What was it like out there on the road, day after day?
Don’t get me wrong—90% of the trip was definitely Type 2 fun (the kind that’s a bit miserable in the moment, but by the next morning, you’re inexplicably excited to do it all over again!). Out West, I had to climb for hours up the Cascades and Rocky Mountain ranges. Southern Wyoming was windy and barren. Colorado had no road shoulders, heavy traffic, and daily afternoon thunderstorms. I hit Kansas during the nationwide heat wave and battled 100+-degree weather with no shade, high humidity, few services, and headwinds. The Ozarks were impossibly steep. Savage dogs terrorized me across Missouri, Southern Illinois, and Kentucky. And for a particularly steep section near the Blue Ridge Mountains, the hill grade plus limitations of my bike gear range made it so difficult I had to break every 0.15 miles for 4 miles straight.
Yet I loved the simplicity, adventure, and challenge of life on the road. I experienced the generosity of strangers, the beauty of nature, the satisfaction of pushing my limits, and the humor in discomfort and things going ridiculously wrong. After the exhaustion of a challenging mountain pass came the joy of careening down the other side. Few people have the luxury of focusing all of their time and effort into a single mission. It was indescribably fulfilling—and an experience I’ll cherish for the rest of my life.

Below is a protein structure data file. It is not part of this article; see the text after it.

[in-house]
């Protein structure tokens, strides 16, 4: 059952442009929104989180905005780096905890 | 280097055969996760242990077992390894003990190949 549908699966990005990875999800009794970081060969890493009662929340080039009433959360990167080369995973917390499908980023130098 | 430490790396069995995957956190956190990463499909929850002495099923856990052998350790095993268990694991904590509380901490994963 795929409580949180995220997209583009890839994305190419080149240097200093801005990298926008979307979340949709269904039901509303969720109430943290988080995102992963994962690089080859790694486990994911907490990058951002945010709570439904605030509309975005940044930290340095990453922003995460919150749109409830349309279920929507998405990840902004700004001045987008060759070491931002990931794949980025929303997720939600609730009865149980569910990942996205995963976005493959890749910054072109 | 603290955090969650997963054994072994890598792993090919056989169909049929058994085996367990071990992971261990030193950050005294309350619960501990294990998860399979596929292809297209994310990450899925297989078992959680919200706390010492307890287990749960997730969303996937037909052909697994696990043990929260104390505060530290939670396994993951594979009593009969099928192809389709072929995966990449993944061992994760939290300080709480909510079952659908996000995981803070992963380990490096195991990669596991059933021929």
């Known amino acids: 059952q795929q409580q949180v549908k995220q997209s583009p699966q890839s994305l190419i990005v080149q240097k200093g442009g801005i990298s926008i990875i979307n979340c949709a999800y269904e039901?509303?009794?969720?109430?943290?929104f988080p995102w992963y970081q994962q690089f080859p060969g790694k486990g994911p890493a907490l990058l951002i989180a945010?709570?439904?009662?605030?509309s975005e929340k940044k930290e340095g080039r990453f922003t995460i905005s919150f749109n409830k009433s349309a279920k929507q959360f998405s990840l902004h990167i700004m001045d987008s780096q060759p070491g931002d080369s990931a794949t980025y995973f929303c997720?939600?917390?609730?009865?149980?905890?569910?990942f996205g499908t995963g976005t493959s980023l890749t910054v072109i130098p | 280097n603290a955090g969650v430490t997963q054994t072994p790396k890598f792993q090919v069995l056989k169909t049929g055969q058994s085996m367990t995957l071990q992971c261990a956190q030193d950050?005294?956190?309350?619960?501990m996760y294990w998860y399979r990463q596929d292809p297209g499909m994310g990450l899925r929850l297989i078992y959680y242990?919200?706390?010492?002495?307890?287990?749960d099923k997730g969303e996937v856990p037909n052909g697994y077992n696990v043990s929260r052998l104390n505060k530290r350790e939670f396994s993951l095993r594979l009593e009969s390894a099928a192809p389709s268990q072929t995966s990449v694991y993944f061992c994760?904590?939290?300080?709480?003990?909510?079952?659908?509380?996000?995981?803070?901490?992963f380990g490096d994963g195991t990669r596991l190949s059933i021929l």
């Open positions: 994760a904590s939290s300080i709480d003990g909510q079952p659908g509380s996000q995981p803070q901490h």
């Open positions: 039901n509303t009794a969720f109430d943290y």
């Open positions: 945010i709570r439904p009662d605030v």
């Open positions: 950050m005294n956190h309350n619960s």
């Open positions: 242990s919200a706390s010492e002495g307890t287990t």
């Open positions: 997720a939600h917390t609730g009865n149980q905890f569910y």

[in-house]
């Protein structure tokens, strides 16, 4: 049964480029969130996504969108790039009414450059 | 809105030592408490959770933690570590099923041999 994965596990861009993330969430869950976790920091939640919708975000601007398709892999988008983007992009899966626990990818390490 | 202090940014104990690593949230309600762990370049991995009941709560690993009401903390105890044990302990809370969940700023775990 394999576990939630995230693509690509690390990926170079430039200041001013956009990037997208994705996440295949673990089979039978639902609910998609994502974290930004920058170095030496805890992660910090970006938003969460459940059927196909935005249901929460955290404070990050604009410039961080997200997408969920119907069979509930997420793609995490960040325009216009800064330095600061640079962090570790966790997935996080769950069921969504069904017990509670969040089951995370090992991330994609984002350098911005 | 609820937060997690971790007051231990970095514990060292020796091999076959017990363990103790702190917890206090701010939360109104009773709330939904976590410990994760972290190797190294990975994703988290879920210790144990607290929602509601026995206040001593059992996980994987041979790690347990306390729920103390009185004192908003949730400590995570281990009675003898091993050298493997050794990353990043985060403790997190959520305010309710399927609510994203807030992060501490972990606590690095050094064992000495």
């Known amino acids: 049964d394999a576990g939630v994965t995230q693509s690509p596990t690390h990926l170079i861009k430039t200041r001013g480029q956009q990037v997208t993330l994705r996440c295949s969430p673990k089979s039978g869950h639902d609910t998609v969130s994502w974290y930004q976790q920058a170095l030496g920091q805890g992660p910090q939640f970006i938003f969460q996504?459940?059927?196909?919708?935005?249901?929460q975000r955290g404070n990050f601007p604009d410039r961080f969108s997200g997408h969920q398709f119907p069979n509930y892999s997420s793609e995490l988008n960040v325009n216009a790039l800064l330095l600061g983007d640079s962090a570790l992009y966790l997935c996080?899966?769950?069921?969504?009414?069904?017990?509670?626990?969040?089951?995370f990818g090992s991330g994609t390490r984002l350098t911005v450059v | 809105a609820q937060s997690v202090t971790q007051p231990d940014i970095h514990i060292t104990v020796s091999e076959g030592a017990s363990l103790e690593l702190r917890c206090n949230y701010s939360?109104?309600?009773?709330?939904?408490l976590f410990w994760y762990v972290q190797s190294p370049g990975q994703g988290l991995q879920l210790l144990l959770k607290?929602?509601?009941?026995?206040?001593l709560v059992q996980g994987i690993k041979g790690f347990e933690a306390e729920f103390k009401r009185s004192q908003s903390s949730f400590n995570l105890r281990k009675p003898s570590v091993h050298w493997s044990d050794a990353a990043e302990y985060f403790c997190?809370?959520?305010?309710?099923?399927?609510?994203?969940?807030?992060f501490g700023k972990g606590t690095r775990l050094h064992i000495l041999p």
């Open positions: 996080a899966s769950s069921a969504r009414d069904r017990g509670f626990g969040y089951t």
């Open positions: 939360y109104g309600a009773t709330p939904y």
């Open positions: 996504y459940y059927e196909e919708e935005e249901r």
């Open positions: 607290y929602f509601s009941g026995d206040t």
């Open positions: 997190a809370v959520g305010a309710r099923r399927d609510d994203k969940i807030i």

What was your training regimen like to get prepared for this?
It’s funny, because most cyclists advised me NOT to train at all, rationalizing that “you get conditioned on the road.” But I wanted to go into the trip knowing that I’d done everything within my power to avoid preventable injuries and set myself up for success. At the same time, I had to balance training with working full-time (and still trying to enjoy a life outside of cycling!).